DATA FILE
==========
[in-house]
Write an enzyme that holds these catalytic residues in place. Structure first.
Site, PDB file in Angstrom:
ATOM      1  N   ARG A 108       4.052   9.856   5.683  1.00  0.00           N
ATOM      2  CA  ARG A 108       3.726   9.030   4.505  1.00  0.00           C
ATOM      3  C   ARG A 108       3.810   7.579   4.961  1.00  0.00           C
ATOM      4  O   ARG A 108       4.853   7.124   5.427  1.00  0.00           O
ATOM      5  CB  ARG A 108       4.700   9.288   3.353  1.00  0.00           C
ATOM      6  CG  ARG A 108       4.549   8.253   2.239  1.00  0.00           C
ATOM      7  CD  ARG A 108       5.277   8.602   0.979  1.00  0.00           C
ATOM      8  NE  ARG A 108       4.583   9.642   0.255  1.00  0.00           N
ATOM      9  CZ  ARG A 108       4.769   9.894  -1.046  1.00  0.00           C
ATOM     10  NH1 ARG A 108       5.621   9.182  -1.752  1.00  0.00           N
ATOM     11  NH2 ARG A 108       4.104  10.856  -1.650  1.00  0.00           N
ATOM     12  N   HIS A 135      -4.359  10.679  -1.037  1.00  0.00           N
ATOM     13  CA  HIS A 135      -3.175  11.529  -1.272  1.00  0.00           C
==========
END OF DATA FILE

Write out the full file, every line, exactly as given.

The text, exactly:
[in-house]
Write an enzyme that holds these catalytic residues in place. Structure first.
Site, PDB file in Angstrom:
ATOM      1  N   ARG A 108       4.052   9.856   5.683  1.00  0.00           N
ATOM      2  CA  ARG A 108       3.726   9.030   4.505  1.00  0.00           C
ATOM      3  C   ARG A 108       3.810   7.579   4.961  1.00  0.00           C
ATOM      4  O   ARG A 108       4.853   7.124   5.427  1.00  0.00           O
ATOM      5  CB  ARG A 108       4.700   9.288   3.353  1.00  0.00           C
ATOM      6  CG  ARG A 108       4.549   8.253   2.239  1.00  0.00           C
ATOM      7  CD  ARG A 108       5.277   8.602   0.979  1.00  0.00           C
ATOM      8  NE  ARG A 108       4.583   9.642   0.255  1.00  0.00           N
ATOM      9  CZ  ARG A 108       4.769   9.894  -1.046  1.00  0.00           C
ATOM     10  NH1 ARG A 108       5.621   9.182  -1.752  1.00  0.00           N
ATOM     11  NH2 ARG A 108       4.104  10.856  -1.650  1.00  0.00           N
ATOM     12  N   HIS A 135      -4.359  10.679  -1.037  1.00  0.00           N
ATOM     13  CA  HIS A 135      -3.175  11.529  -1.272  1.00  0.00           C